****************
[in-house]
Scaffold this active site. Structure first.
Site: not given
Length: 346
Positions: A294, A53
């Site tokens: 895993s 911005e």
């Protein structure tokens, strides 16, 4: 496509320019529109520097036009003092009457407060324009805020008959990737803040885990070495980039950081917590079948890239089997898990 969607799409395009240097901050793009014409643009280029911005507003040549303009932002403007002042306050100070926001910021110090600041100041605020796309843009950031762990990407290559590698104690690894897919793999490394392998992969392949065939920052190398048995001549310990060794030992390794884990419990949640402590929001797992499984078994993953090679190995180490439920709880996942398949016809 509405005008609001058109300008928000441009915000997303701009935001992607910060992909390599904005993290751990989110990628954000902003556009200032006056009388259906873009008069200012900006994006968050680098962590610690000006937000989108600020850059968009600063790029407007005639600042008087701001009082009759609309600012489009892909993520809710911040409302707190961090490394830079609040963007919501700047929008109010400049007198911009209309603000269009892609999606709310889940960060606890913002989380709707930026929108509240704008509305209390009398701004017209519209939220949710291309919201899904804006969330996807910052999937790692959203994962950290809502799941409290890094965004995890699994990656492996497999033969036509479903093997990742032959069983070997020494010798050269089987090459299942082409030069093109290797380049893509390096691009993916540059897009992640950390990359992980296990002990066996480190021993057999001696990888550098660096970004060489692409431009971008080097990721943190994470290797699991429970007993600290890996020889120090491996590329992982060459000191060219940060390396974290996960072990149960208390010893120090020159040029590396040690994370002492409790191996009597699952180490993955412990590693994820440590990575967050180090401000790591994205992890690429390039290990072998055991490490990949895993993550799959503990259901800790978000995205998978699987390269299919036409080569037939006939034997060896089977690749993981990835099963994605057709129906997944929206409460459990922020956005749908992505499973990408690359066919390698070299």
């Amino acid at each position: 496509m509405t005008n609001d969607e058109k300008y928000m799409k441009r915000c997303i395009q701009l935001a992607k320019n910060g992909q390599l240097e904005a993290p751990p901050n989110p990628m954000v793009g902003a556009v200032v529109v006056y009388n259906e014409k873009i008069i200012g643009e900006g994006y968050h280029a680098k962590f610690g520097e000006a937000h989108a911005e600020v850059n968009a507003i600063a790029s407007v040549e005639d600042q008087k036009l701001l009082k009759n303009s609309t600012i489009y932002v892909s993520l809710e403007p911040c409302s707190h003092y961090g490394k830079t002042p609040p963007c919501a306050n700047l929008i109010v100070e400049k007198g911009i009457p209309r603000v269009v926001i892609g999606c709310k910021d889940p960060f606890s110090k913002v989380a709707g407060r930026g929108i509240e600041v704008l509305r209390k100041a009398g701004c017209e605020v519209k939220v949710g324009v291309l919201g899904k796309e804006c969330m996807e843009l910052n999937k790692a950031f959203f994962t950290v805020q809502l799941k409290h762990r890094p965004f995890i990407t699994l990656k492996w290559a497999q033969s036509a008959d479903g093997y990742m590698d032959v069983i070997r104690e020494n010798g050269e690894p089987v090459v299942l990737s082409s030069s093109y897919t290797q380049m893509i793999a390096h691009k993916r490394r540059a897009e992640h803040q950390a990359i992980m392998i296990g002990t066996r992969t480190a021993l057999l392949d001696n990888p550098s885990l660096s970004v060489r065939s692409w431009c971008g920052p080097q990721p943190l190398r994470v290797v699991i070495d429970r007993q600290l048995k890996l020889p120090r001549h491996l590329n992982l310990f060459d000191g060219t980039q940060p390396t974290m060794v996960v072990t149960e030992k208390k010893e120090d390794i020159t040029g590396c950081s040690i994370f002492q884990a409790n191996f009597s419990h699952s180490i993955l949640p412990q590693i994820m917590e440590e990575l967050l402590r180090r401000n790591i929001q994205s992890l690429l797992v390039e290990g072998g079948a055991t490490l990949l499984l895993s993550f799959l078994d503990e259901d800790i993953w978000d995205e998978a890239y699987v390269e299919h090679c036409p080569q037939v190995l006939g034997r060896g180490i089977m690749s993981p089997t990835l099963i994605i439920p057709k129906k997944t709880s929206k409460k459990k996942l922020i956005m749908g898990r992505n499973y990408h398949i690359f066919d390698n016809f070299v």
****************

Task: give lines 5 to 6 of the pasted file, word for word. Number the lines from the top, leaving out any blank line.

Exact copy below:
Positions: A294, A53
């Site tokens: 895993s 911005e």